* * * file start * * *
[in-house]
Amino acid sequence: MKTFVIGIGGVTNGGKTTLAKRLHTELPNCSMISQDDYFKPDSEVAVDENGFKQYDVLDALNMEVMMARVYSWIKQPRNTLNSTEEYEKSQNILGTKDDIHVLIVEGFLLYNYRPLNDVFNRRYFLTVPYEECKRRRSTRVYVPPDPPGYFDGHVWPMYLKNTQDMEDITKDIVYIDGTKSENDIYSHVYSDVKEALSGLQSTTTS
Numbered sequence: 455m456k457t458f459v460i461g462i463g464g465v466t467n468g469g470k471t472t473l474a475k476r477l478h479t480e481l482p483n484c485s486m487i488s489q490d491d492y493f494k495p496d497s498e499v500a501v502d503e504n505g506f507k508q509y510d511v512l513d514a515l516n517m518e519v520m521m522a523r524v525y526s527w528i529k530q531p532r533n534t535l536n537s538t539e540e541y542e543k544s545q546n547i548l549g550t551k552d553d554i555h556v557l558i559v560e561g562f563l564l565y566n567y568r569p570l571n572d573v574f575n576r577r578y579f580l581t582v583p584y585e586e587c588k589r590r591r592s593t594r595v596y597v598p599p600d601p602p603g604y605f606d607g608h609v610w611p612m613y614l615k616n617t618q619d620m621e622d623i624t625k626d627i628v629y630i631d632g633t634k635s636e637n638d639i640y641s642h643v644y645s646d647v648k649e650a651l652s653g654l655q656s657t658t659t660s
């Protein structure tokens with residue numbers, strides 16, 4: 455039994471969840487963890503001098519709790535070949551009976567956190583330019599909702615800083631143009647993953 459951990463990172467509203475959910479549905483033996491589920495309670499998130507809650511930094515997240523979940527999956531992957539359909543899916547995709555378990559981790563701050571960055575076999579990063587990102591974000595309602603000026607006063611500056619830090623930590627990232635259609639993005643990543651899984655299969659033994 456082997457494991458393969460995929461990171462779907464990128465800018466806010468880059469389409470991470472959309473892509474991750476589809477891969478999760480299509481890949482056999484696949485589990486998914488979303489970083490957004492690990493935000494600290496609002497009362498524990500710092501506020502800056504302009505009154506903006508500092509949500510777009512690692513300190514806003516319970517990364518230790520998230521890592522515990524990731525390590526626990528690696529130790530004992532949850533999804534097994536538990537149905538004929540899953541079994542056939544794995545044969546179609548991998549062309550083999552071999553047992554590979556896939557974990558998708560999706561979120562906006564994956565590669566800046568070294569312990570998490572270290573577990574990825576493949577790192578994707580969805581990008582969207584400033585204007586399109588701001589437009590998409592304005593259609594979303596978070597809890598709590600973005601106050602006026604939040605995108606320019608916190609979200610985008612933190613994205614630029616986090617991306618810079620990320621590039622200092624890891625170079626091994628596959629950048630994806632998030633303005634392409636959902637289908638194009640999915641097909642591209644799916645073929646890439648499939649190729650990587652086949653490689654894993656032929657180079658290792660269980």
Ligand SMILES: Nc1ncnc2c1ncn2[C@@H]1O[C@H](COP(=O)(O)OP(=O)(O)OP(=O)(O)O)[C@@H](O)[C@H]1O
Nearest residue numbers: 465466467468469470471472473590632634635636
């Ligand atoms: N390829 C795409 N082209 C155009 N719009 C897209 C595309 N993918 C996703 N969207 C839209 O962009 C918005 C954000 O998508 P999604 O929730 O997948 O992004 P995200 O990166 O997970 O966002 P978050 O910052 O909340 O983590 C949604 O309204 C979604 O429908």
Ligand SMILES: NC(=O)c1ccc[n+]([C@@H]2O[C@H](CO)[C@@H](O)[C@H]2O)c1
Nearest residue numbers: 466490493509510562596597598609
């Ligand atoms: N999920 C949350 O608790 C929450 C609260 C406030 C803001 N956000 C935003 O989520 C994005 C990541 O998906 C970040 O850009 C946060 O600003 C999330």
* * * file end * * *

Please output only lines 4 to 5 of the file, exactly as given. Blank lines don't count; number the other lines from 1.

């Protein structure tokens with residue numbers, strides 16, 4: 455039994471969840487963890503001098519709790535070949551009976567956190583330019599909702615800083631143009647993953 459951990463990172467509203475959910479549905483033996491589920495309670499998130507809650511930094515997240523979940527999956531992957539359909543899916547995709555378990559981790563701050571960055575076999579990063587990102591974000595309602603000026607006063611500056619830090623930590627990232635259609639993005643990543651899984655299969659033994 456082997457494991458393969460995929461990171462779907464990128465800018466806010468880059469389409470991470472959309473892509474991750476589809477891969478999760480299509481890949482056999484696949485589990486998914488979303489970083490957004492690990493935000494600290496609002497009362498524990500710092501506020502800056504302009505009154506903006508500092509949500510777009512690692513300190514806003516319970517990364518230790520998230521890592522515990524990731525390590526626990528690696529130790530004992532949850533999804534097994536538990537149905538004929540899953541079994542056939544794995545044969546179609548991998549062309550083999552071999553047992554590979556896939557974990558998708560999706561979120562906006564994956565590669566800046568070294569312990570998490572270290573577990574990825576493949577790192578994707580969805581990008582969207584400033585204007586399109588701001589437009590998409592304005593259609594979303596978070597809890598709590600973005601106050602006026604939040605995108606320019608916190609979200610985008612933190613994205614630029616986090617991306618810079620990320621590039622200092624890891625170079626091994628596959629950048630994806632998030633303005634392409636959902637289908638194009640999915641097909642591209644799916645073929646890439648499939649190729650990587652086949653490689654894993656032929657180079658290792660269980």
Ligand SMILES: Nc1ncnc2c1ncn2[C@@H]1O[C@H](COP(=O)(O)OP(=O)(O)OP(=O)(O)O)[C@@H](O)[C@H]1O